The Exterior Derivative

Joseph Mellor
16 min readMar 10

We’re going to derive half the identities in Vector Calculus by introducing a powerful new operator.

This article is stop 16 on The Road to Quantum Mechanics.

In the previous article, I promised that we could use Differential Forms to prove a lot of important theorems, derive a lot of identities, and evaluate some integrals in arbitrary coordinate systems.

Before we could do any of that, though, we had to introduce two operators: the wedge product ∧ and the Hodge star operator . Introducing those operators took up the entire article, so we were only able to derive the formula for the volume element and some other formulas related to the wedge product and Hodge dual. In this article, we’re going to come up with the last operator needed to do all of Vector Calculus: the exterior derivative.

Check Your Understanding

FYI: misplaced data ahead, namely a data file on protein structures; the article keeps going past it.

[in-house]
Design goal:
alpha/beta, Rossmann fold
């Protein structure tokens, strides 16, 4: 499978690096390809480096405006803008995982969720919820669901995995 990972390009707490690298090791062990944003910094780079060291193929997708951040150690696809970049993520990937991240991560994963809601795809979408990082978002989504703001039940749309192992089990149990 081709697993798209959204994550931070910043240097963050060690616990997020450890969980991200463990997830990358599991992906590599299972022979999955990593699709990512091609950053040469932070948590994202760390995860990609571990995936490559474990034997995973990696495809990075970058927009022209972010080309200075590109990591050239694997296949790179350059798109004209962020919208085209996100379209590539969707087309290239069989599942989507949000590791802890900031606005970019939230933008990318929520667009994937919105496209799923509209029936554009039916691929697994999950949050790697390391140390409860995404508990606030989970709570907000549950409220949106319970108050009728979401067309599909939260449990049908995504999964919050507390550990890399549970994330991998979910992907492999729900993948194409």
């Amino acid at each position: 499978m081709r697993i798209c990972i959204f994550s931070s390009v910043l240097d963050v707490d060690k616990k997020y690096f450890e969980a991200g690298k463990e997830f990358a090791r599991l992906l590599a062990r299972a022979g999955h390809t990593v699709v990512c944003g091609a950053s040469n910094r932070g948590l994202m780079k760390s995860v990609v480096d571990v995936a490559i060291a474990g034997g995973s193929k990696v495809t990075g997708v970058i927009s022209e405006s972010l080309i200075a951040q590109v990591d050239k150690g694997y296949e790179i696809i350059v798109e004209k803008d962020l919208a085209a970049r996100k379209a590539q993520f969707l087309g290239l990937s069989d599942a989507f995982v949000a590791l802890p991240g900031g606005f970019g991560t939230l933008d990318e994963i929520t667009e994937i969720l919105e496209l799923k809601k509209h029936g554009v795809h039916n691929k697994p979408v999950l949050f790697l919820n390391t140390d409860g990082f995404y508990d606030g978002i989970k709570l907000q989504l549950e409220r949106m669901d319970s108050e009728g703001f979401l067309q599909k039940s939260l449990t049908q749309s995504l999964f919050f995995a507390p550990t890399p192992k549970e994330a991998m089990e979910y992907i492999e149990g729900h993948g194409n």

While we don’t have enough to derive every identity in Vector Calculus, we can still do some of the simpler ones.

Vector Calculus in Spherical Coordinates

Derive a formula for the

  • Gradient,
  • Divergence,
  • Curl,
  • and Laplacian

in spherical coordinates using their definitions given in this article. You may need to refer back to the previous article to work with the Hodge star and the wedge operators.

Product Rules

Prove the following examples of the product rule.

Divergence Rules

Prove the following identities for the divergence of a scalar-vector product and the cross product of two vectors.

Curl Rules

Prove the following identities involving the curl of various products.

Gradient of Dot Product

Prove the identity for the gradient of the dot product of two vector fields

Joseph Mellor

BS in Physics, Math, and CS with a minor in High-Performance Computing. You can find all my articles at